29/02/2016 - 15:54

FMG loses railway challenge

29/02/2016 - 15:54

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Hong Kong-based Brockman Mining has scored another legal victory in its long-running battle to gain access to railways built by Fortescue Metals Group’s infrastructure subsidiary.

FMG loses railway challenge

Hong Kong-based Brockman Mining has scored another legal victory in its long-running battle to gain access to railways built by Fortescue Metals Group’s infrastructure subsidiary.

In the Supreme Court today, an appeal bench comprising justices Buss, Murphy and Beech rejected an appeal by FMG subsidiary The Pilbara Infrastructure (TPI).

The Court of Appeal upheld an earlier ruling by Justice Edelman, who found that Brockman’s application for access to TPI’s railway was valid and complied with the requirements of the Railways (Access) Code 2000 (WA).

Brockman’s original application, lodged in 2013, was for haulage of up to 20 million tonnes per annum of iron ore from its Marillana project in the Pilbara.

This was the first application for third-party access over TPI’s railway under the access code and involved Brockman constructing a rail spur from its Marillana project to the TPI railway.

FMG chief executive Nev Power said today the iron ore miner would consider its options for a further appeal.

He said Brockman was yet to demonstrate it has the financial and management capability to carry on the proposed rail operations or that FMG had the capacity on its railway to accommodate their requirements.

“In the current economic climate, we consider it highly unlikely that they will be able to do so,” Mr Power said.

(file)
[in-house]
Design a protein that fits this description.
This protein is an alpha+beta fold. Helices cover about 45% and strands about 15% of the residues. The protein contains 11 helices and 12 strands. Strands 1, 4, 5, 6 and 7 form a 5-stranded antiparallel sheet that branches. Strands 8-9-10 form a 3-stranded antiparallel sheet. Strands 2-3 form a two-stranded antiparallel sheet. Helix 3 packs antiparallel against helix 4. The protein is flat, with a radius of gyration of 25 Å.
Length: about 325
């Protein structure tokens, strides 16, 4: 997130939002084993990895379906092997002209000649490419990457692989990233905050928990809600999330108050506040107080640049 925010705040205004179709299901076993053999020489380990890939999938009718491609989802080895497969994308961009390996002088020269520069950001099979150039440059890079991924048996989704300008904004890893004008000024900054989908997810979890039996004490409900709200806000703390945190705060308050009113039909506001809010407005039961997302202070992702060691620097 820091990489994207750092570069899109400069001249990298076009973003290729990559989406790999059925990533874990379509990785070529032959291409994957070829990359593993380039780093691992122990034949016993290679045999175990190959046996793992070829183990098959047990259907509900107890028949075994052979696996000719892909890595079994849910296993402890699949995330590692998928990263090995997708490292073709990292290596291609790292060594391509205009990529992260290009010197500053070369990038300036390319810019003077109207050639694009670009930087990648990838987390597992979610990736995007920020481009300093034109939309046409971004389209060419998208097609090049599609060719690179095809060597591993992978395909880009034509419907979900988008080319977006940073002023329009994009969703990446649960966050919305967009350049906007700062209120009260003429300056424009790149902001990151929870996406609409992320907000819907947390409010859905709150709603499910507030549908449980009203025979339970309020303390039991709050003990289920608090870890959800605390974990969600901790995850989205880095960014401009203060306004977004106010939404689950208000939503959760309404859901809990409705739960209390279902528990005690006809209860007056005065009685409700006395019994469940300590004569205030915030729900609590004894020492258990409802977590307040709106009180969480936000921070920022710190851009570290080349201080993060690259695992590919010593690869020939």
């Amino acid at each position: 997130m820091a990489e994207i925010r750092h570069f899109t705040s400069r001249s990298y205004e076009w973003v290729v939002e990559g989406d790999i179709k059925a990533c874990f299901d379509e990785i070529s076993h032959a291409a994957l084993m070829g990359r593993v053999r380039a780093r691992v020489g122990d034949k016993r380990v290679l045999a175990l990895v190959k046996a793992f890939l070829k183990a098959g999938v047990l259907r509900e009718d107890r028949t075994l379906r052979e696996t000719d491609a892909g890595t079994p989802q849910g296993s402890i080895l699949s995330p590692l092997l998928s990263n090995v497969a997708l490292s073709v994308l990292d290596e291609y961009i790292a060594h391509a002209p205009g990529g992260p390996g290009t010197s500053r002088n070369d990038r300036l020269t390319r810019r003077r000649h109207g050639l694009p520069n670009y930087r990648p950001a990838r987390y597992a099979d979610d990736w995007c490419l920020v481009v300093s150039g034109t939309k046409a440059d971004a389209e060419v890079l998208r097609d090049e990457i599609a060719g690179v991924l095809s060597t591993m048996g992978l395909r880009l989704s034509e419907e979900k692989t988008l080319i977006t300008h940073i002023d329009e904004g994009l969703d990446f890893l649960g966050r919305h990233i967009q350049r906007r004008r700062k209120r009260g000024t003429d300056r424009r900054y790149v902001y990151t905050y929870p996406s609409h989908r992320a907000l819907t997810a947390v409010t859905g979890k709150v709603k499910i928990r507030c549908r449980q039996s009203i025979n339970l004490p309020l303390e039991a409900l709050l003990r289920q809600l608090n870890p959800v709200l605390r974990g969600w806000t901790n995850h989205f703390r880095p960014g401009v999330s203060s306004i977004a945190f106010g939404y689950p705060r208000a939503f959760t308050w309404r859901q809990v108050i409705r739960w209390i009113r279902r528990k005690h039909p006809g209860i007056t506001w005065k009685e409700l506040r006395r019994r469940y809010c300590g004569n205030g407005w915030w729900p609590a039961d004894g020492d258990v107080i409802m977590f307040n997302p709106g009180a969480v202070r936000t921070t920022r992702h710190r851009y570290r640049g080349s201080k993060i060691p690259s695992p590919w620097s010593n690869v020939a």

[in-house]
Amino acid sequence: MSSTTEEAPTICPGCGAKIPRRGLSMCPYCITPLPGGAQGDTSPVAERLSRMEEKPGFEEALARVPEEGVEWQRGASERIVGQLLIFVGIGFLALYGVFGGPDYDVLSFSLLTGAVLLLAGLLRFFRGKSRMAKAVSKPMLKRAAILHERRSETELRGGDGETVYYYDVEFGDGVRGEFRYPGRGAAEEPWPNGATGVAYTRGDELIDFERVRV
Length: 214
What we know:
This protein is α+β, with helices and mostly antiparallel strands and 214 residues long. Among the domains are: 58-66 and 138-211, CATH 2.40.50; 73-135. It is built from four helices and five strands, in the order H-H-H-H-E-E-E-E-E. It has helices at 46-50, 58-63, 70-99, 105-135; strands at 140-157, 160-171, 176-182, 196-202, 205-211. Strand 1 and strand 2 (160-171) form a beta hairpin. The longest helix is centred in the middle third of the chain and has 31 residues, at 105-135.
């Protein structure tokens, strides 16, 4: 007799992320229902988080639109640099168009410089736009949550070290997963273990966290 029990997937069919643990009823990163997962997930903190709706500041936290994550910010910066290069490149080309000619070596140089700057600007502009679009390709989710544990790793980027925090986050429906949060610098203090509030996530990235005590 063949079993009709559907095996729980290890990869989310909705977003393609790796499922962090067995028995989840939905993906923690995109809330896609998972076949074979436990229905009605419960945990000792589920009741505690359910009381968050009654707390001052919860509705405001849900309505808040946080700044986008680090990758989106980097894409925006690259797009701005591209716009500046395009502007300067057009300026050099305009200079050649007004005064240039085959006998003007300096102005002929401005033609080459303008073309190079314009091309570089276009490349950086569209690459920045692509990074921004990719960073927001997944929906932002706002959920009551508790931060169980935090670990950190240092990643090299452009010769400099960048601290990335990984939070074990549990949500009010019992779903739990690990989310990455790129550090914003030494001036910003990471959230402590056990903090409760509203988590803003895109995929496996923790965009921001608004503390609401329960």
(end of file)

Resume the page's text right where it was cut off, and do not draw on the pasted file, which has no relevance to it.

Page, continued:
Brockman director Colin Paterson said the company wanted the legal dispute settled before it started spending more money on Marillana.

He added that Brockman would need to finalise an agreement over infrastructure access before it could hope to obtain funding for the mine development.

“We’ve been looking at other options in case we lost access,” Mr Paterson said.

These included talking to Mineral Resources about using its proposed Bulk Ore Transport System, which involves construction of an elevated railway to Port Hedland.

“That comes right past our door,” he said.

Brockman had $HK72 million ($A13 million) in cash at the end of December, according to its latest quarterly report.

Mr Paterson said Brockman had mostly been undertaking in-house studies on the project, in order to minimise its cash outflow.

If and when legal challenges to Brockman’s application are settled, it still needs to finalise commercial terms with TPI over access to the railway.

In August 2013, WA's Economic Regulation Authority ruled that TPI must start negotiations with Brockman for third-party access to the railway.

The ERA also published floor and ceiling rates for access.

  

 

 

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